Should You Be Tipping Your Cashier?


It’s time to put the confusion at rest: how much should we be tipping at the counter, if at all?

We’ve all been there: after ordering food or a drink at the counter of a local café or fast-food chain, it’s time to pay, but the touchscreen gets flipped around just as you’re pulling out your card. The screen lights up, asking for a tip with suggestions ranging from 15% to 20% of your purchase.

It feels like everyone behind you in line can see your decision, and the cashier will be able to tell what you choose. When I’m ordering from a local, small business, I do like to give a tip as a token of my support. But lately, especially when I’m picking up takeout or getting counter service, I almost feel guilt-tripped into tipping.

OK, I’ll admit it—if I’m just picking up something small (like a grab-and-go snack or coffee), I tend to skip the tip. But is that appropriate, or expected, or both? Neither?

To put the confusion to rest, I spoke with chef Bruce Mattel, senior associate dean of restaurant education and high-volume production at The Culinary Institute of America. We asked him the questions that have been on everyone’s minds lately: why does it seem like I get prompted to tip everywhere I go? And how much should I tip?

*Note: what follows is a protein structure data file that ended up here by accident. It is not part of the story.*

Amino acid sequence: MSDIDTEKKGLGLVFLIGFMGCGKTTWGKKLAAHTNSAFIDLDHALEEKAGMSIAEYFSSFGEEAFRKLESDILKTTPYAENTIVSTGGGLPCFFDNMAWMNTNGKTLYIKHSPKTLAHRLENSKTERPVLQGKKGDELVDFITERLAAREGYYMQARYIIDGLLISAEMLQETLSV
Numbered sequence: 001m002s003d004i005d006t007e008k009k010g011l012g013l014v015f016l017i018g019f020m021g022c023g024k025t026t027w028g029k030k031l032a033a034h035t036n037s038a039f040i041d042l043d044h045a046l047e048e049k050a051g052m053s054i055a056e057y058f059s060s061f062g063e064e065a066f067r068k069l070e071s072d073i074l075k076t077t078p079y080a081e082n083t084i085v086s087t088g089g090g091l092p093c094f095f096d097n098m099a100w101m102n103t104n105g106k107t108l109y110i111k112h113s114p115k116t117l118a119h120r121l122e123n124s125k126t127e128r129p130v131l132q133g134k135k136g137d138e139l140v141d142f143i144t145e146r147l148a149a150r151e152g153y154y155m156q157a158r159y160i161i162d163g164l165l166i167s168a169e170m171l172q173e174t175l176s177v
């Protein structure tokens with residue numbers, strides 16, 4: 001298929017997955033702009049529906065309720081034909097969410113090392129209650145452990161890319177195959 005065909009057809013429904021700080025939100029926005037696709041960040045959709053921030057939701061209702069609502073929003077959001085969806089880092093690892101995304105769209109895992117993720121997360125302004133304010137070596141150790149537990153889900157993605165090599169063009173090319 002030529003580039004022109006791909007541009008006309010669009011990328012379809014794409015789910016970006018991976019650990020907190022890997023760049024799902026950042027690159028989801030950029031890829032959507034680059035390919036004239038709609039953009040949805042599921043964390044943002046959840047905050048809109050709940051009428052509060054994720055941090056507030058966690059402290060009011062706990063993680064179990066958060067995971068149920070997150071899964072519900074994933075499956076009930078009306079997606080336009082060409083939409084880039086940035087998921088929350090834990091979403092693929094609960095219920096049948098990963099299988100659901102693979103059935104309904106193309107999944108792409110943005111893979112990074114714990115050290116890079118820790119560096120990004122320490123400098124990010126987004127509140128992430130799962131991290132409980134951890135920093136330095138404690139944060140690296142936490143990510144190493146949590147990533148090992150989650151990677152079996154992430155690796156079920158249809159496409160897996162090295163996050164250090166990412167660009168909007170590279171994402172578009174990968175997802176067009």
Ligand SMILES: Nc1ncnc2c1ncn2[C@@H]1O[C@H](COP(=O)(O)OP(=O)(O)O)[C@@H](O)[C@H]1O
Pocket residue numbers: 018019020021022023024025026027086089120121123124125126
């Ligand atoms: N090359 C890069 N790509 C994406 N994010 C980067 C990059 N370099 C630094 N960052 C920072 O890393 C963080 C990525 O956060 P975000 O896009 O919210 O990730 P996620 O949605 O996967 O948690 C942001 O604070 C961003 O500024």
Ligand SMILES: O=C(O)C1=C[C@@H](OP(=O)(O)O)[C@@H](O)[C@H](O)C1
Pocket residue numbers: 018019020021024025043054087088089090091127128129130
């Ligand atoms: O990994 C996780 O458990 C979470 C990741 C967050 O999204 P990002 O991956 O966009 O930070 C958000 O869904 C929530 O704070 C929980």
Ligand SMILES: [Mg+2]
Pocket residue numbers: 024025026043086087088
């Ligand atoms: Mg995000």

EatingWell: So I’m in a local store, let’s say a café, and the touchscreen at the counter asks how much I would like to tip after ordering a coffee. Am I expected to tip? Should I be tipping at the counter?

Bruce Mattel: So, I have been asking myself these same questions, frankly. What I have decided to do is provide a small tip in these instances (5-10% using the “custom” option) if the server has been attentive, kind and my order was delivered promptly and correctly. I don’t think tips are expected in these cases but rather facilitated by the software being used in the POS [point-of-sale] systems.

EW: What if I’m at a fast-food chain? The screen asks if I’d like to tip, but I don’t usually tip when ordering fast food. Should I start tipping whenever I’m receiving food service, including fast food?

Mattel: Again, I don’t think it’s expected, however, [it is] appreciated when a tip is collected. This is also an instance when tipping is suggested [or] facilitated by the POS system. In this case it may pull on the heartstrings of some customers who are empathetic to people working for wages that are near the poverty line. The businesses’ benefit is that their staff makes more money that they do not have to supply. Makes for better morale overall.

Mattel: My rule is about 10%. In my opinion, larger percentages should stay in proportion to what to tip when full service is provided.

The Bottom Line
While the touchscreen may suggest a higher tip percentage, Mattel uses the custom tip option for a lower, reasonable counter-service tip. At the end of the day, it’s up to you, the consumer, to determine how much you want to tip for counter service (that is, if you want to tip at all). Tips in these instances aren’t necessarily expected, but they are appreciated and, in some cases, can help workers make ends meet. So when you have the extra cash, consider tipping—it could help out a food-service worker more than you’d assume.



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